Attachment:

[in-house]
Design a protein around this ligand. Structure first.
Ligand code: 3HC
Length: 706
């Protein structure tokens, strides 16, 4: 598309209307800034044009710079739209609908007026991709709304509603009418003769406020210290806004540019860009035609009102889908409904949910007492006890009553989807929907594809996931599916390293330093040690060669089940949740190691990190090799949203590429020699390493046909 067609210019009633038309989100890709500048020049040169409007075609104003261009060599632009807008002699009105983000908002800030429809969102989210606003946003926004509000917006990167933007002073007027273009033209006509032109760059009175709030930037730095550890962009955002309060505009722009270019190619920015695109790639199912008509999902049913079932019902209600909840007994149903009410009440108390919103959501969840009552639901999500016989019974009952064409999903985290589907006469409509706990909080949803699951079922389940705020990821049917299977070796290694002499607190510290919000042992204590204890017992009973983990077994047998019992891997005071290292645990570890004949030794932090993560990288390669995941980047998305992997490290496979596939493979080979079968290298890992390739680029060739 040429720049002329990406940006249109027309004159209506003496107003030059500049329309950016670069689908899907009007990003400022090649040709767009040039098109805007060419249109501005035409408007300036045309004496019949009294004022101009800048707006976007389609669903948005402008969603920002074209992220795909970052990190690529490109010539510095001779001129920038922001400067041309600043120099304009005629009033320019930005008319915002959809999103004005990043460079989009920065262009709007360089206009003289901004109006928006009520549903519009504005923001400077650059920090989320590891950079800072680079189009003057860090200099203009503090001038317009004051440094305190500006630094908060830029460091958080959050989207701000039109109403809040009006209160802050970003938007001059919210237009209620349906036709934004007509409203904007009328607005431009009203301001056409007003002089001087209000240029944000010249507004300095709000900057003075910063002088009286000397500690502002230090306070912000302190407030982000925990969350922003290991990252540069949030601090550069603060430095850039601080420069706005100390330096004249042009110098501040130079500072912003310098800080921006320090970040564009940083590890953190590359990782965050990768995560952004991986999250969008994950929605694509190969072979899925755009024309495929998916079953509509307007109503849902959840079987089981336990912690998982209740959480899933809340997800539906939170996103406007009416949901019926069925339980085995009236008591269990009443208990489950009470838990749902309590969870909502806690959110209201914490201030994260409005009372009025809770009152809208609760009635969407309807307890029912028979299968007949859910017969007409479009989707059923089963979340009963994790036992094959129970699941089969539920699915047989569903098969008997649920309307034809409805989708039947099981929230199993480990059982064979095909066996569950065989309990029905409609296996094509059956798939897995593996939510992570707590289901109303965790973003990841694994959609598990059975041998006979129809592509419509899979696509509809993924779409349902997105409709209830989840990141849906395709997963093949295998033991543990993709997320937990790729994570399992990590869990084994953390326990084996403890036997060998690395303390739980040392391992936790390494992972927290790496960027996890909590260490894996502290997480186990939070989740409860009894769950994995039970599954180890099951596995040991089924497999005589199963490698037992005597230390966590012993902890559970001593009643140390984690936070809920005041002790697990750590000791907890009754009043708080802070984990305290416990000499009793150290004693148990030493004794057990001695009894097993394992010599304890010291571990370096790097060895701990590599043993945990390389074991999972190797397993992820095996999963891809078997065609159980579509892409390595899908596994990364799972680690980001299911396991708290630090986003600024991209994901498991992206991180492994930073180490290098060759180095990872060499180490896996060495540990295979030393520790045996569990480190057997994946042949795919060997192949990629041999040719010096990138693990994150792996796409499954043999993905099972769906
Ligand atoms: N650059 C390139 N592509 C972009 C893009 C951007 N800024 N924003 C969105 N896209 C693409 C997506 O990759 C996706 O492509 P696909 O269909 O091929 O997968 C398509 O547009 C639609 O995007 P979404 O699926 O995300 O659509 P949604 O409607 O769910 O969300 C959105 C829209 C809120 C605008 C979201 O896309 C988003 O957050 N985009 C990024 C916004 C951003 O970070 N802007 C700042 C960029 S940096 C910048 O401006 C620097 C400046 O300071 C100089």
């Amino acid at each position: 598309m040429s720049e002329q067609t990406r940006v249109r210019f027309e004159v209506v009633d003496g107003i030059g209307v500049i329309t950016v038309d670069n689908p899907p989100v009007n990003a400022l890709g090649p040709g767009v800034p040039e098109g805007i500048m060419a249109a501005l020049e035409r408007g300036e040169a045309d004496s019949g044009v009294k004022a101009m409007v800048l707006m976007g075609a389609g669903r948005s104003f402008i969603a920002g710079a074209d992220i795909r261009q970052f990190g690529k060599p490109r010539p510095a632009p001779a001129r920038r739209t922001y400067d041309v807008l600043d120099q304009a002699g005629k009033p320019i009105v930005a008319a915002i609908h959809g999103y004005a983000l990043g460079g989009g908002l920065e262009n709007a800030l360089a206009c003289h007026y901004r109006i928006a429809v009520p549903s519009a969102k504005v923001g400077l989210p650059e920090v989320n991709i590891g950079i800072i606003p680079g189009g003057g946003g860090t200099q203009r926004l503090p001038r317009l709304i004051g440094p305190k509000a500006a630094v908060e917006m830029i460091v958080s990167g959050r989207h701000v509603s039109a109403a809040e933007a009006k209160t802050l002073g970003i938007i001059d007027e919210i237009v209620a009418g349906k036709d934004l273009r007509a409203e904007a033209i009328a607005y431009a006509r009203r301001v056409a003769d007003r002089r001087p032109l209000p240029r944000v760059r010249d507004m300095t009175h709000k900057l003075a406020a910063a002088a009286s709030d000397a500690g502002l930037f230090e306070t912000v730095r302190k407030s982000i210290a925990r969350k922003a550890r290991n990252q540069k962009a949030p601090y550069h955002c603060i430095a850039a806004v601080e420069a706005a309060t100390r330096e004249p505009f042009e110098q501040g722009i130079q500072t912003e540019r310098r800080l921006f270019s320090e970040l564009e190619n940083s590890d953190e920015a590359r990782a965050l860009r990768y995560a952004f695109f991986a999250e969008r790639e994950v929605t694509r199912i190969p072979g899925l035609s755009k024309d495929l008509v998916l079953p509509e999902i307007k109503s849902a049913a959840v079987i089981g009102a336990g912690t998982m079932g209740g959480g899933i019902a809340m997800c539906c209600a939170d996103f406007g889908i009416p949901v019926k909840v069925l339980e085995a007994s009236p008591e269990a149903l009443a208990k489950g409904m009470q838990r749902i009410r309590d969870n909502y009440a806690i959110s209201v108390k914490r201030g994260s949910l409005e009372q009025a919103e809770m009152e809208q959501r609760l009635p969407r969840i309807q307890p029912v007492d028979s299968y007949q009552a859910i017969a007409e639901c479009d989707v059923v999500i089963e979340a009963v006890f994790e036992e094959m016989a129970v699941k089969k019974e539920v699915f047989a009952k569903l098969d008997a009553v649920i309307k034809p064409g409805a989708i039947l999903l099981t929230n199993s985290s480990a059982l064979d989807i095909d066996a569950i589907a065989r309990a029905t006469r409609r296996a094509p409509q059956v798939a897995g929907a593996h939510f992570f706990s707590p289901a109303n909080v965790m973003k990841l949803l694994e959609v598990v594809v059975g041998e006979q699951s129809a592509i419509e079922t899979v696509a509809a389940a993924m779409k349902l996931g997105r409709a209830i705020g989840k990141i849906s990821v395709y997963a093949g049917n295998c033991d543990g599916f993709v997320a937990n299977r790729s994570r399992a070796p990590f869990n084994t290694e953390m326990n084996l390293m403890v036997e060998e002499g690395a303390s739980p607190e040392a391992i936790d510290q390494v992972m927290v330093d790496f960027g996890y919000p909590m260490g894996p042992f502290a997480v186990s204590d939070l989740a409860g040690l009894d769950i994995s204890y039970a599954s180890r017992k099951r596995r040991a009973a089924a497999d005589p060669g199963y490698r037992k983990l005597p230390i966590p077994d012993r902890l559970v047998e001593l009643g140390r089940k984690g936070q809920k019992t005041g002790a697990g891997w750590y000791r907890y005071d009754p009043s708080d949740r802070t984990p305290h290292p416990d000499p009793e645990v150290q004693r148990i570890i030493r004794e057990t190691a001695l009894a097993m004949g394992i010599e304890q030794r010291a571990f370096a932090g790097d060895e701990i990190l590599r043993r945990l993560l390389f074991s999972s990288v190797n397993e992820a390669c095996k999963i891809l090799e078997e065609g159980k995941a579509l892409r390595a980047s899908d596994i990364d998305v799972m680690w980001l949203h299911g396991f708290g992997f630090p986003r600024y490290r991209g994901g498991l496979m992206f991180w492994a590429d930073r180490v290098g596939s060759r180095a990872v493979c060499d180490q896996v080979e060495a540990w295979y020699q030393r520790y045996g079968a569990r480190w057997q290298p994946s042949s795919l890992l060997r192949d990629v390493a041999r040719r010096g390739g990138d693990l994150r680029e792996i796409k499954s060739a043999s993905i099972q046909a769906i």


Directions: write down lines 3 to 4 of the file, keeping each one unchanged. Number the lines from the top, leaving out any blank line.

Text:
Ligand code: 3HC
Length: 706